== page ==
- Subject index
The SAGE Handbook of Frankfurt School Critical Theory expounds the development of critical theory from its founding thinkers to its contemporary formulations in an interdisciplinary setting. It maps the terrain of a critical social theory, expounding its distinctive character vis-a-vis alternative theoretical perspectives, exploring its theoretical foundations and developments, conceptualising its subject matters both past and present, and signalling its possible future in a time of great uncertainty. Taking a distinctively theoretical, interdisciplinary, international and contemporary perspective on the topic, this wide-ranging collection of chapters is arranged thematically over three volumes: Volume I: Key Texts and Contributions to a Critical Theory of Society Volume II: Themes Volume III: Contexts This Handbook is essential reading for scholars and students in the field, showcasing the scholarly rigor, intellectual acuteness and negative force of critical social theory, past and present.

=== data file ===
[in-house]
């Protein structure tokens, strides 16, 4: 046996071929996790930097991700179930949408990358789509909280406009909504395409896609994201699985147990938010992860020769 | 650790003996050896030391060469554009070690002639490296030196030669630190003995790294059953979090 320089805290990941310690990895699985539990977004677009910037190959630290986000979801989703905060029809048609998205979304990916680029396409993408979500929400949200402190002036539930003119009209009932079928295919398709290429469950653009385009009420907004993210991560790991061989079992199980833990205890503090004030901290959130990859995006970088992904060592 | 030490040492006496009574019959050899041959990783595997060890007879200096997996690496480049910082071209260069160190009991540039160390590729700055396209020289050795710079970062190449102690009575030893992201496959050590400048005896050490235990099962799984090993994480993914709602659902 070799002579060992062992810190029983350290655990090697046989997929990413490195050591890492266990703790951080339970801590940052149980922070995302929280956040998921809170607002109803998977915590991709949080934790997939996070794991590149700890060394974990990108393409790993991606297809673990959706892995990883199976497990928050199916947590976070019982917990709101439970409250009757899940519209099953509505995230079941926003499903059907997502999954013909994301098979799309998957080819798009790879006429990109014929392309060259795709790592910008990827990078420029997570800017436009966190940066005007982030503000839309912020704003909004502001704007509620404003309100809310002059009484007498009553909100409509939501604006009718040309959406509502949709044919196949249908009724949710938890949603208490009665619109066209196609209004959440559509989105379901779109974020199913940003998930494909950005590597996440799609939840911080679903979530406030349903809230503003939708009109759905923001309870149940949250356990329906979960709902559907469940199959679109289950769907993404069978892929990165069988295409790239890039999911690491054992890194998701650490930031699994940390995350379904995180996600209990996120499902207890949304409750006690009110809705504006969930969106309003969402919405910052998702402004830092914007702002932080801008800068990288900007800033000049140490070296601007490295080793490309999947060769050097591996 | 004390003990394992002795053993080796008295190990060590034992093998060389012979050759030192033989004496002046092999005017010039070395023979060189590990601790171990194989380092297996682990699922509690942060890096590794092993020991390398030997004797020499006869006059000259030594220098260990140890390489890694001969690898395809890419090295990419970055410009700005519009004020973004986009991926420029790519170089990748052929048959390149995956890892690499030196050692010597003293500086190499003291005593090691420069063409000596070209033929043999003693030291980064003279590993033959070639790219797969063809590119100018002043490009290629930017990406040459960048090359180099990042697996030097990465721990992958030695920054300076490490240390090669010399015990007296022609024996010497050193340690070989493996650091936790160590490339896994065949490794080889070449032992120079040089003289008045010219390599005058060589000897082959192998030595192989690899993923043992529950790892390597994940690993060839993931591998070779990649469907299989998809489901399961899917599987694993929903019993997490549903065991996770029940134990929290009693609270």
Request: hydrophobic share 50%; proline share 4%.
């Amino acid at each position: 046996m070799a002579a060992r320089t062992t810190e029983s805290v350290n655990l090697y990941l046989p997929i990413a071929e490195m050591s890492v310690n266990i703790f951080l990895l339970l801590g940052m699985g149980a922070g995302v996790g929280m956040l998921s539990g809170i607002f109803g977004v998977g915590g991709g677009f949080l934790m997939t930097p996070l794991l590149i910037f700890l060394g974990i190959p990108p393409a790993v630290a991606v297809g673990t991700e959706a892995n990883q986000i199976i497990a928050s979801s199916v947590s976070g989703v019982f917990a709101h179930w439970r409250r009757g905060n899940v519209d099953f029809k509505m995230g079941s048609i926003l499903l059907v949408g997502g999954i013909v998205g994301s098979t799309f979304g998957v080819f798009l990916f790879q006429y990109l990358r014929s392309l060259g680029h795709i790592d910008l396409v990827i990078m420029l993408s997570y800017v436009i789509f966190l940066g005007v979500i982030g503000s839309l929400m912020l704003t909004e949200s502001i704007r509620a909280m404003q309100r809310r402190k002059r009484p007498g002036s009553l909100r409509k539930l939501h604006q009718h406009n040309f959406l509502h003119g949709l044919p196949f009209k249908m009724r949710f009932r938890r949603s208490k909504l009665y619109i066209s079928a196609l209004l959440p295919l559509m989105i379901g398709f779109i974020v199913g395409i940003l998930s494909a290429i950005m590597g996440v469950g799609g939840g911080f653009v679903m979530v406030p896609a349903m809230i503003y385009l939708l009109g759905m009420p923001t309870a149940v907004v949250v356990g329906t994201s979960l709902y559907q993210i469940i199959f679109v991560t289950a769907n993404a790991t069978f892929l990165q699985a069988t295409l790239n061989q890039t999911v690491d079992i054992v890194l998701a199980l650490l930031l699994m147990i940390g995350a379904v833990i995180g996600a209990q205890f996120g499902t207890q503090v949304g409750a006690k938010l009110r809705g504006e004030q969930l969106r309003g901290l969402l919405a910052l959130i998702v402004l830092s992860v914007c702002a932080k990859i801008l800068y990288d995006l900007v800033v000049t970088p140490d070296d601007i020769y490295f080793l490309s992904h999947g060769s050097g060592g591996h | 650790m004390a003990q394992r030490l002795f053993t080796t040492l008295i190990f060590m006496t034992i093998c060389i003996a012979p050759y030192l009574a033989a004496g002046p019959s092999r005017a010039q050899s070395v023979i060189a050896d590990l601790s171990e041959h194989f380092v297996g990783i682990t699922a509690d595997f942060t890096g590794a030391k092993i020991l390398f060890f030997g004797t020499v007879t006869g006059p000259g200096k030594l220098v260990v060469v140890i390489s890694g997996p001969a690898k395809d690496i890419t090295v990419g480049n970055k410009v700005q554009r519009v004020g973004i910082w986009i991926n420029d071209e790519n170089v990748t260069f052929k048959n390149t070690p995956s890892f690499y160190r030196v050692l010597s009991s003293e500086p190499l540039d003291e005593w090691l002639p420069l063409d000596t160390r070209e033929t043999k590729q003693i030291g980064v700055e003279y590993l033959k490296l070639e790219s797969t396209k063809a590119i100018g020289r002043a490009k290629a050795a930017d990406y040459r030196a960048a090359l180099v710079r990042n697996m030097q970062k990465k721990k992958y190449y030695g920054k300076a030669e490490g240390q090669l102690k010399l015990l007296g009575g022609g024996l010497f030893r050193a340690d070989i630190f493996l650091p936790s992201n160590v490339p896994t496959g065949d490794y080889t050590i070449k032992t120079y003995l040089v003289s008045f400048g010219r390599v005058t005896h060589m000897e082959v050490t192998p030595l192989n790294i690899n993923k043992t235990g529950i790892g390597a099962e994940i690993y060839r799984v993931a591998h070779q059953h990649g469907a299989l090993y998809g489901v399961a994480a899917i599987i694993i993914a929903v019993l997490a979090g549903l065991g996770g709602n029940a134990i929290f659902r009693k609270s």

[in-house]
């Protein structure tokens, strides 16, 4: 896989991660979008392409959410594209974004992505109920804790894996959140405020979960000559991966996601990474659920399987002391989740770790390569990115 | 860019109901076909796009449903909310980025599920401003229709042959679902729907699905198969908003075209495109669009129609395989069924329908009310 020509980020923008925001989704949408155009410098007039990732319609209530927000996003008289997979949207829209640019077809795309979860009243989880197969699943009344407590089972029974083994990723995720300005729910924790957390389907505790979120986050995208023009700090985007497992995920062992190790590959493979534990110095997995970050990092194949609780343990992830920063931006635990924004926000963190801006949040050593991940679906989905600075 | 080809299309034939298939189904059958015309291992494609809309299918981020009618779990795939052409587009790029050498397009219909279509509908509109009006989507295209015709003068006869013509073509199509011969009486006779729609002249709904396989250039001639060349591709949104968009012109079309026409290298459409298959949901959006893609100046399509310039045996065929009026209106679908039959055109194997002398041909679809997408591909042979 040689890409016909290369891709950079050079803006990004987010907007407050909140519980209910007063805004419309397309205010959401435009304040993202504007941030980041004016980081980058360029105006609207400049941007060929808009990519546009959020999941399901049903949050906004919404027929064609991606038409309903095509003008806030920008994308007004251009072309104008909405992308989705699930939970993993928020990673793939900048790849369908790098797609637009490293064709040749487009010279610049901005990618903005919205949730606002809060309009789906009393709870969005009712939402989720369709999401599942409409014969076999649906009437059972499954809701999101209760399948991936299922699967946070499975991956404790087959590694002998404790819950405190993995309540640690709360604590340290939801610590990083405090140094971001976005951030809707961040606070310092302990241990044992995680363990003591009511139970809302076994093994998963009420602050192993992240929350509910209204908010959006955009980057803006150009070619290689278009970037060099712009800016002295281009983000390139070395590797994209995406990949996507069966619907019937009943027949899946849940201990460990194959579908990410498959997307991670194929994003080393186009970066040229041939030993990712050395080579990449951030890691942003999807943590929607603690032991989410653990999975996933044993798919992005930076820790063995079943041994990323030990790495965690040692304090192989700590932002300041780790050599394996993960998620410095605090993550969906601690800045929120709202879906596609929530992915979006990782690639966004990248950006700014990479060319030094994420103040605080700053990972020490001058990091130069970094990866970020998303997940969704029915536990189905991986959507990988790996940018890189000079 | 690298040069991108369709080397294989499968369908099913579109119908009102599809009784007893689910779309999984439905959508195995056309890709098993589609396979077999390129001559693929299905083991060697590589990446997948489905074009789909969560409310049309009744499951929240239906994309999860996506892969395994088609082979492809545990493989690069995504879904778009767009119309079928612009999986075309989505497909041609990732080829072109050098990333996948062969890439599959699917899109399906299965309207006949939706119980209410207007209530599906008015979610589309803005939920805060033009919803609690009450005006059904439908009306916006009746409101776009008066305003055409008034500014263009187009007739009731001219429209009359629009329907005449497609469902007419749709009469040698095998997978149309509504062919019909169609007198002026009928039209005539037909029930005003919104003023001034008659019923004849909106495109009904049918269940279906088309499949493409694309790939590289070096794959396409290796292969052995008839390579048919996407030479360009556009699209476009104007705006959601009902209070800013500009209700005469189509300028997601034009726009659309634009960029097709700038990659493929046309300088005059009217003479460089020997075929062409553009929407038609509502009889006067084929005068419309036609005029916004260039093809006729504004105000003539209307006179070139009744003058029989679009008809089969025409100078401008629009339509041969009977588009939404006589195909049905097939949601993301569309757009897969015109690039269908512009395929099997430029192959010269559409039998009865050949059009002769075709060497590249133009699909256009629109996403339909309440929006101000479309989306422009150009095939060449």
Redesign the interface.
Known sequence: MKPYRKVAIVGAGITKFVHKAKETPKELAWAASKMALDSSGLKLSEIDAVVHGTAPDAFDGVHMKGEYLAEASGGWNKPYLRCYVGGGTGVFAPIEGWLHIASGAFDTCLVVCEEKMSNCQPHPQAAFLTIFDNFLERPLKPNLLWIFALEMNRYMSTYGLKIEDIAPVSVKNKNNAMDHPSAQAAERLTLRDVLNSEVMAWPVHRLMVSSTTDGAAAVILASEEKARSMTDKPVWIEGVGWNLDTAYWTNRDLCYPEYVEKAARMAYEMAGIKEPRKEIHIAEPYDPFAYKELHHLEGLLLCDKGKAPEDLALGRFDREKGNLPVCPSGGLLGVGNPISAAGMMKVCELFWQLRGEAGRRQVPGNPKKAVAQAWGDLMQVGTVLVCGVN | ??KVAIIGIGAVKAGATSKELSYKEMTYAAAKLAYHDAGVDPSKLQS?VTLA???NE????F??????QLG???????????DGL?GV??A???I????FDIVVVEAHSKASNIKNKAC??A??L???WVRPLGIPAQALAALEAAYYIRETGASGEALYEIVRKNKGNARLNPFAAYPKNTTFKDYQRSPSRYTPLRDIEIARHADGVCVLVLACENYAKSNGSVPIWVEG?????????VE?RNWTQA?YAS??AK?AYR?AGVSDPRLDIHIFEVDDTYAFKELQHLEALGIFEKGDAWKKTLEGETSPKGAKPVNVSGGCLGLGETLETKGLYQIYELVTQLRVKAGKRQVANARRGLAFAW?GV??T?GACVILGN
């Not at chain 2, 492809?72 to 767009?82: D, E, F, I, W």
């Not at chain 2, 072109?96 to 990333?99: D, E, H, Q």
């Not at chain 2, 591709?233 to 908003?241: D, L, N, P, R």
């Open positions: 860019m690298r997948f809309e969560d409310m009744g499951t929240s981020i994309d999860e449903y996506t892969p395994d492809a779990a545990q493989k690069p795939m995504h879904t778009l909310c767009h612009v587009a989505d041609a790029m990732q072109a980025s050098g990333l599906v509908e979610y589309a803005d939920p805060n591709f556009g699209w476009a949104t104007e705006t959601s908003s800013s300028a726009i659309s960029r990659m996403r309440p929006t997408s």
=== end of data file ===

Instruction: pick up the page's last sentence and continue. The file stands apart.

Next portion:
Chapter 95: Subsumption and Crisis
Subsumption and Crisis
Though it has various senses in general usage, subsumption is a term of art within Marx’s critical political economy.1 It is subdivided into formal subsumption and real subsumption. These designate changes to the production process during the transition to, and ongoing development of, capitalism. These changes in aggregate may be understood as the metamorphosis of human making into capitalist labor, in the sense of work conditioned and ceaselessly transformed by the compulsion to extract surplus value, capital’s ‘invisible essence’. As such they also produce and transform the capitalist class relation.
The consequences of this ongoing transformation are various and central to Marx’s systematic and historical account. They include changes in the experience of work for ...